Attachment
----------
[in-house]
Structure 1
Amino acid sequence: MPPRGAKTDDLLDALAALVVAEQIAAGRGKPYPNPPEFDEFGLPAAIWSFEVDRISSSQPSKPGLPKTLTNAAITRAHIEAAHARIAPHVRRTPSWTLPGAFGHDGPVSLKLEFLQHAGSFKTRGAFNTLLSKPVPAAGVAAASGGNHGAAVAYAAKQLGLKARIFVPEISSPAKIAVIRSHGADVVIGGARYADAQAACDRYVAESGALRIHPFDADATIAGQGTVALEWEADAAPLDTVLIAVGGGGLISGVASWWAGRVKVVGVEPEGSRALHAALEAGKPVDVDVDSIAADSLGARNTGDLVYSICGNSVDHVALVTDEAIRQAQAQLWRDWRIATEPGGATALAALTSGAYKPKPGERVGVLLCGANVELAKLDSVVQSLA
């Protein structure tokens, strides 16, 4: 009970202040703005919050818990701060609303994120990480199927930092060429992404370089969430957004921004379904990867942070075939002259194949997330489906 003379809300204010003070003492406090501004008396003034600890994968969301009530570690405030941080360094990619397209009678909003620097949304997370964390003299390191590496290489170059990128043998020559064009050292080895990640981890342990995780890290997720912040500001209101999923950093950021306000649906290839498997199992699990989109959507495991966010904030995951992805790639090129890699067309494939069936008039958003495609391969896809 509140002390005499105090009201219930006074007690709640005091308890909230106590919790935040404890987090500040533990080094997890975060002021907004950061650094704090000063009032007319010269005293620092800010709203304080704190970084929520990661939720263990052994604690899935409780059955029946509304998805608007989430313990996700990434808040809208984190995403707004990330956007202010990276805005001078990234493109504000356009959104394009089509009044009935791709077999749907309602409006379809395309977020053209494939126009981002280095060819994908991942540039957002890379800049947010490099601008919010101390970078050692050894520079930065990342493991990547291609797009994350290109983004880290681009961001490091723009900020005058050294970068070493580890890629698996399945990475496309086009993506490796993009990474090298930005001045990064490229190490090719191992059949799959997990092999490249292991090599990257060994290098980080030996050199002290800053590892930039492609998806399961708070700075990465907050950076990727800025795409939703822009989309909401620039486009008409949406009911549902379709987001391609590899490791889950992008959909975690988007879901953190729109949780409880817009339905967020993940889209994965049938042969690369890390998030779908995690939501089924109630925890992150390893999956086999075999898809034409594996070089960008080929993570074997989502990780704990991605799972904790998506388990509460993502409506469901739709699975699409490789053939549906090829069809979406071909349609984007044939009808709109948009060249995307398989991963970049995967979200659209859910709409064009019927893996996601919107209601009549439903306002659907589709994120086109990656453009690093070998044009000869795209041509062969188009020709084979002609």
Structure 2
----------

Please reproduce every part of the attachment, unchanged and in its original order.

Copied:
[in-house]
Structure 1
Amino acid sequence: MPPRGAKTDDLLDALAALVVAEQIAAGRGKPYPNPPEFDEFGLPAAIWSFEVDRISSSQPSKPGLPKTLTNAAITRAHIEAAHARIAPHVRRTPSWTLPGAFGHDGPVSLKLEFLQHAGSFKTRGAFNTLLSKPVPAAGVAAASGGNHGAAVAYAAKQLGLKARIFVPEISSPAKIAVIRSHGADVVIGGARYADAQAACDRYVAESGALRIHPFDADATIAGQGTVALEWEADAAPLDTVLIAVGGGGLISGVASWWAGRVKVVGVEPEGSRALHAALEAGKPVDVDVDSIAADSLGARNTGDLVYSICGNSVDHVALVTDEAIRQAQAQLWRDWRIATEPGGATALAALTSGAYKPKPGERVGVLLCGANVELAKLDSVVQSLA
């Protein structure tokens, strides 16, 4: 009970202040703005919050818990701060609303994120990480199927930092060429992404370089969430957004921004379904990867942070075939002259194949997330489906 003379809300204010003070003492406090501004008396003034600890994968969301009530570690405030941080360094990619397209009678909003620097949304997370964390003299390191590496290489170059990128043998020559064009050292080895990640981890342990995780890290997720912040500001209101999923950093950021306000649906290839498997199992699990989109959507495991966010904030995951992805790639090129890699067309494939069936008039958003495609391969896809 509140002390005499105090009201219930006074007690709640005091308890909230106590919790935040404890987090500040533990080094997890975060002021907004950061650094704090000063009032007319010269005293620092800010709203304080704190970084929520990661939720263990052994604690899935409780059955029946509304998805608007989430313990996700990434808040809208984190995403707004990330956007202010990276805005001078990234493109504000356009959104394009089509009044009935791709077999749907309602409006379809395309977020053209494939126009981002280095060819994908991942540039957002890379800049947010490099601008919010101390970078050692050894520079930065990342493991990547291609797009994350290109983004880290681009961001490091723009900020005058050294970068070493580890890629698996399945990475496309086009993506490796993009990474090298930005001045990064490229190490090719191992059949799959997990092999490249292991090599990257060994290098980080030996050199002290800053590892930039492609998806399961708070700075990465907050950076990727800025795409939703822009989309909401620039486009008409949406009911549902379709987001391609590899490791889950992008959909975690988007879901953190729109949780409880817009339905967020993940889209994965049938042969690369890390998030779908995690939501089924109630925890992150390893999956086999075999898809034409594996070089960008080929993570074997989502990780704990991605799972904790998506388990509460993502409506469901739709699975699409490789053939549906090829069809979406071909349609984007044939009808709109948009060249995307398989991963970049995967979200659209859910709409064009019927893996996601919107209601009549439903306002659907589709994120086109990656453009690093070998044009000869795209041509062969188009020709084979002609």
Structure 2